In the context of growing diversity, Shirley A. Hill examines the work parents do in raising their children. Based on interviews and survey data, African American Children includes blacks of various social classes as well as a comparative sample of whites. It covers major areas of child socialization: teaching values, discipline strategies, gender socialization, racial socialization, extended families -- showing how both race and class make a difference, and emphasizing patterns that challenge existing research that views black families as a monolithic group.

Childhood in Transition
Childhood in transition

The universal testimony of travelers and missionaries [is] that the love of the African mother for her children is unsurpassed in any part of the world.… It is not surprising, then, to find that slave mothers, instead of viewing with indifference the sale, or loss otherwise, of their children, often put up a stubborn resistance and suffered cruel punishment to prevent separation from them.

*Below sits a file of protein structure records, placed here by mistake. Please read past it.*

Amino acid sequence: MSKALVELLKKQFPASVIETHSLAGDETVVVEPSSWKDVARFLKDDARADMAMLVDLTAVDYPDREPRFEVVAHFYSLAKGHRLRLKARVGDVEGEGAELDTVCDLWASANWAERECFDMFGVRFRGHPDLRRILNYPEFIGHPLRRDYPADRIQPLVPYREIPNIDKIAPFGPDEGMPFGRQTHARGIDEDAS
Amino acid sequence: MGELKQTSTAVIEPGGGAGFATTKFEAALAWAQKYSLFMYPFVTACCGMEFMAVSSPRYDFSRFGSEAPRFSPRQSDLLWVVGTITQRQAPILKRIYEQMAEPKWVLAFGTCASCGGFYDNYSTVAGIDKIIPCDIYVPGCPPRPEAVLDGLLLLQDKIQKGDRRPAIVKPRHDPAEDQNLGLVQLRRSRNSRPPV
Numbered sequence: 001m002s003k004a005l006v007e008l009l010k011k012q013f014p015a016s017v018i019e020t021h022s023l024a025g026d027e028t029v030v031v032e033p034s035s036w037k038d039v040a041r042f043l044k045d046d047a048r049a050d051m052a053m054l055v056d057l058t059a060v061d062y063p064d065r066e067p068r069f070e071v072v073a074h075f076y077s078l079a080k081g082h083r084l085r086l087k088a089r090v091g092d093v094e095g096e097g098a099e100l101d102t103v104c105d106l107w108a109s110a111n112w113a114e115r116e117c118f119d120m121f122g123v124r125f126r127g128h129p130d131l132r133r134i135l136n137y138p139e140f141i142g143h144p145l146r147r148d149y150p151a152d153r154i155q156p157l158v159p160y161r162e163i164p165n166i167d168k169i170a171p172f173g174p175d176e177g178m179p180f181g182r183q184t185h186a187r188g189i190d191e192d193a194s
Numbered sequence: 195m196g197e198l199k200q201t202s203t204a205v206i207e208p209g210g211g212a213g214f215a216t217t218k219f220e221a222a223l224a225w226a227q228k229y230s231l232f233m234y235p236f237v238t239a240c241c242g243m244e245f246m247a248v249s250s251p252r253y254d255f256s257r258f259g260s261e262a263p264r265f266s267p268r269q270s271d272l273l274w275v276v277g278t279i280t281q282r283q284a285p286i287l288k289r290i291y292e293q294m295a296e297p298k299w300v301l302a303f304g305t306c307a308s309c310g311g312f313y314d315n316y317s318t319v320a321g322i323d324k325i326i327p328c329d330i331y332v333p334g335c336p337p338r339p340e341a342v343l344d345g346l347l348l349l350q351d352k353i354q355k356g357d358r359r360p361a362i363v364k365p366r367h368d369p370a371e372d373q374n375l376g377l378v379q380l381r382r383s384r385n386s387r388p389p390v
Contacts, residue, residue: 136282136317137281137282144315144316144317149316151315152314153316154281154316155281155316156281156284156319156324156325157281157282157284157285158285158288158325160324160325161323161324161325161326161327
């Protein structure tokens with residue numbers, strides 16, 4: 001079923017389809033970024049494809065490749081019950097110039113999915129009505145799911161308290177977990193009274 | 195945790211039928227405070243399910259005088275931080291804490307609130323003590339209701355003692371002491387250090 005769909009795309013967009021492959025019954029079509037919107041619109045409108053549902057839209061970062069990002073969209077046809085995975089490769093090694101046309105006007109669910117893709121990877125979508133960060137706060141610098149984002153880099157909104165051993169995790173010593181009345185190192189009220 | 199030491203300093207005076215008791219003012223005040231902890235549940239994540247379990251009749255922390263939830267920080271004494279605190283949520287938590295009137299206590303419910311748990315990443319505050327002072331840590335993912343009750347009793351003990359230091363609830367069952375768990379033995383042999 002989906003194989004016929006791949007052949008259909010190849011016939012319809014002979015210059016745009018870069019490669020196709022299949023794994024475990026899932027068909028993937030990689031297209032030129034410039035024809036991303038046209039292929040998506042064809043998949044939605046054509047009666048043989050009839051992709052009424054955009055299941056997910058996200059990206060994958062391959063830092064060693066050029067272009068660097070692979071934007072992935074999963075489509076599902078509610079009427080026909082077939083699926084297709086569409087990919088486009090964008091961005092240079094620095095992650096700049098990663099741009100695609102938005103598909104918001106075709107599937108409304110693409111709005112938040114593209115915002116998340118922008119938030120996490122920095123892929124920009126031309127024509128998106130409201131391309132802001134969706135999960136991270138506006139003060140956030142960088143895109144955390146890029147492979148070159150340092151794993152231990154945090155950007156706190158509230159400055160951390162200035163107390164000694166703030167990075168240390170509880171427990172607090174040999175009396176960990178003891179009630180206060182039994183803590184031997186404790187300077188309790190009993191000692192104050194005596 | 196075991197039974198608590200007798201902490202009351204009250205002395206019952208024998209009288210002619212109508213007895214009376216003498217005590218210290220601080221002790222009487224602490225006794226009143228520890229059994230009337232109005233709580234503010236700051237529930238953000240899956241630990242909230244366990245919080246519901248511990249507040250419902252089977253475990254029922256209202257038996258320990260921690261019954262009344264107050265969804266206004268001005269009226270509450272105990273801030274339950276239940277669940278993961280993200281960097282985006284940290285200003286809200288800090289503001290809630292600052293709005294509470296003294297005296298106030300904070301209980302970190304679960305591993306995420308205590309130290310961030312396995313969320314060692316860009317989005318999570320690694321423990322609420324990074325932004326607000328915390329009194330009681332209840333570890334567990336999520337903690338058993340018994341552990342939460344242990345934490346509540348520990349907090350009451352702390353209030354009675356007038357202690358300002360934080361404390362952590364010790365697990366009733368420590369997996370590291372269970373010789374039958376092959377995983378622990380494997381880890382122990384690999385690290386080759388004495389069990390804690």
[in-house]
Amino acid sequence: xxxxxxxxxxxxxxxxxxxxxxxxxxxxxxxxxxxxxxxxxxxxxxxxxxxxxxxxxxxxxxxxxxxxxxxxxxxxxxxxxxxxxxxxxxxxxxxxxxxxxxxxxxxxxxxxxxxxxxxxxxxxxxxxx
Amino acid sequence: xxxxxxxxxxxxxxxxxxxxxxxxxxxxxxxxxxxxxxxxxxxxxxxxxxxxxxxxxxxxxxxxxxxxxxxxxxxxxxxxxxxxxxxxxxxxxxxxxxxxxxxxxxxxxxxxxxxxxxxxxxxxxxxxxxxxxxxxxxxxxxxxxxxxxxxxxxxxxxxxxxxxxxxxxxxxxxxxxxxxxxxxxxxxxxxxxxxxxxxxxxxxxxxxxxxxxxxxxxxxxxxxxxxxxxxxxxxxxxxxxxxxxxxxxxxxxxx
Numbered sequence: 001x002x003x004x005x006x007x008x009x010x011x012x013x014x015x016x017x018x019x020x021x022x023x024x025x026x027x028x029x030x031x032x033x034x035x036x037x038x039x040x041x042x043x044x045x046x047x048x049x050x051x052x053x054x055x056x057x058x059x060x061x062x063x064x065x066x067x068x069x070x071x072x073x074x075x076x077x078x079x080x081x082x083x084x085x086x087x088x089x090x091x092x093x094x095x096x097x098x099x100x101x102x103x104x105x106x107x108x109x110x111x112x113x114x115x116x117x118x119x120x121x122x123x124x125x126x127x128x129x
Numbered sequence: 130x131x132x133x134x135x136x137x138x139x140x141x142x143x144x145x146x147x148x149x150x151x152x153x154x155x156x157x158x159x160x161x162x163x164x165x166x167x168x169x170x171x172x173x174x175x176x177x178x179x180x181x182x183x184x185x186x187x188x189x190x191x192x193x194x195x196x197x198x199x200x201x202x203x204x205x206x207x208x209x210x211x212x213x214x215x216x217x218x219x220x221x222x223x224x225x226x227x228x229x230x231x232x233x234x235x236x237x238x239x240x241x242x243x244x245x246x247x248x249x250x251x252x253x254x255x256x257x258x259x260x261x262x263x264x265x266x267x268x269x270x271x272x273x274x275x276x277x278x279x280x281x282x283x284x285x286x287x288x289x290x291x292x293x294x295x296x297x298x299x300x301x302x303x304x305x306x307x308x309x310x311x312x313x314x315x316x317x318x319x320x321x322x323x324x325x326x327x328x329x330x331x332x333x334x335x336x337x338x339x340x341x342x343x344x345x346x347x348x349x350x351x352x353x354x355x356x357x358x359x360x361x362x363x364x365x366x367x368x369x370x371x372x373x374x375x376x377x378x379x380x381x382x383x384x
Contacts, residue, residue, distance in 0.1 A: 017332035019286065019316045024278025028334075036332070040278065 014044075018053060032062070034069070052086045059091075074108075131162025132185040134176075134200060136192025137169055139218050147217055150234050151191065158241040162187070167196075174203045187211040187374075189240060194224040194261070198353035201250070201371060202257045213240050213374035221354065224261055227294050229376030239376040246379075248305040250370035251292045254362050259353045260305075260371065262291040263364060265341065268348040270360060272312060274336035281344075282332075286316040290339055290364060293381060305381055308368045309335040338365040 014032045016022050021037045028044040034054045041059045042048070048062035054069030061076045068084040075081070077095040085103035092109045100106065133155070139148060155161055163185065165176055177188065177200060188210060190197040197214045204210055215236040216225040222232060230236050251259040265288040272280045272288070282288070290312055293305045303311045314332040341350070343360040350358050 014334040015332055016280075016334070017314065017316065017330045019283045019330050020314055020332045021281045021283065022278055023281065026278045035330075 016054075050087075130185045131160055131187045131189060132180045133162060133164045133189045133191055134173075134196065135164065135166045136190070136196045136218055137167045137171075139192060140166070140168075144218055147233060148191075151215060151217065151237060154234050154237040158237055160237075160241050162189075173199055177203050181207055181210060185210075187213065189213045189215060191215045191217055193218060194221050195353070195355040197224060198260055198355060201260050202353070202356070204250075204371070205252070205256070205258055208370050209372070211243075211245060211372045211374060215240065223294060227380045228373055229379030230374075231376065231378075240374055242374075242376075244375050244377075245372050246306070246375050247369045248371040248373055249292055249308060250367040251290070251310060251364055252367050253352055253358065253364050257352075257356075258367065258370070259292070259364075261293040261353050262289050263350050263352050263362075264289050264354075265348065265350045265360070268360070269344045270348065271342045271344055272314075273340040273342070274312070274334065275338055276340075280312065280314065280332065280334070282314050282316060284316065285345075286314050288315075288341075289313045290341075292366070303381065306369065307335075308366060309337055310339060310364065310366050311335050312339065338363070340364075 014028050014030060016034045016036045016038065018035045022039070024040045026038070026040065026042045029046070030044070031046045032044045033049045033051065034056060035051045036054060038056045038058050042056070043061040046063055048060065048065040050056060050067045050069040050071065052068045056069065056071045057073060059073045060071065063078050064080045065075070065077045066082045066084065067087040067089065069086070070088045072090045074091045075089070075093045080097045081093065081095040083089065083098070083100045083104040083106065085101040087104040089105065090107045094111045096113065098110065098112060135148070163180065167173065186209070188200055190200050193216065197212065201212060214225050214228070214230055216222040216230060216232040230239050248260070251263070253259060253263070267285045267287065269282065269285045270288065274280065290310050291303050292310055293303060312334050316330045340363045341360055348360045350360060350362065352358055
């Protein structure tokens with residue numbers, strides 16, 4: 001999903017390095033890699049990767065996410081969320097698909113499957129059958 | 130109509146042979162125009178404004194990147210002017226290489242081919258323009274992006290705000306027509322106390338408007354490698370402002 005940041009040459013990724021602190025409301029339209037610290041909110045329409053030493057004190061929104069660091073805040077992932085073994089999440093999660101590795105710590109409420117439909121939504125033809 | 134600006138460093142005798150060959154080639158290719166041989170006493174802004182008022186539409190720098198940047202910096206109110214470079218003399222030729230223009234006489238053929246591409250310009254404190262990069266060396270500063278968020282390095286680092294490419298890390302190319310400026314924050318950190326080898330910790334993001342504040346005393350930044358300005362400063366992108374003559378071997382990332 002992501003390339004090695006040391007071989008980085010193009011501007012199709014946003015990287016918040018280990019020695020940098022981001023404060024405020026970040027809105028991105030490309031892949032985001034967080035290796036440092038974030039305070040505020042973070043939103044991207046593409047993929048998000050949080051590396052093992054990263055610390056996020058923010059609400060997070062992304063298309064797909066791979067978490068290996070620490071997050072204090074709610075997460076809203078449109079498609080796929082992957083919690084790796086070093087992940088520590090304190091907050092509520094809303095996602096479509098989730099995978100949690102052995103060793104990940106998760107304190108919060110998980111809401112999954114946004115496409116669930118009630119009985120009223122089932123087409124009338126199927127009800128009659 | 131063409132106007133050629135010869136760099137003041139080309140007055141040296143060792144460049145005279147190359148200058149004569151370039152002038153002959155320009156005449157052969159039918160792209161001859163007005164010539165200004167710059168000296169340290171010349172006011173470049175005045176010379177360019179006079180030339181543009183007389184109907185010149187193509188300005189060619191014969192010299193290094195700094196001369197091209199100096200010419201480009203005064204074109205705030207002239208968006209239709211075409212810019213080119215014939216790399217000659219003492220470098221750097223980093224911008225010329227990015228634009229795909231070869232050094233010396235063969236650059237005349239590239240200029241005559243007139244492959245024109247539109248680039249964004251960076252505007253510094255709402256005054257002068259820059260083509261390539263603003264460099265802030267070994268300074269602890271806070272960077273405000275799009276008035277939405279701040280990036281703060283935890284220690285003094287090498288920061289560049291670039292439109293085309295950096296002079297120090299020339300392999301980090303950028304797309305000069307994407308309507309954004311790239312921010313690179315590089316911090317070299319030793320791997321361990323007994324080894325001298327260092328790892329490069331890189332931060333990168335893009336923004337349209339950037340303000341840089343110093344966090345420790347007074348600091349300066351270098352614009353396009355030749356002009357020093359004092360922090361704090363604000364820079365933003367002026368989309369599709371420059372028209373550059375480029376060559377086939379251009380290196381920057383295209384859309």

E. FranklinFrazier, The Negro Family in the United States (1939/1949, pp. 33, 41)

The history of Africans in North America dates back nearly as far as that of white Europeans, yet racial status has been the basis for the dramatically different experiences for the two groups and, subsequently, for their children. Slavery, racism, and racial inequality have been ...

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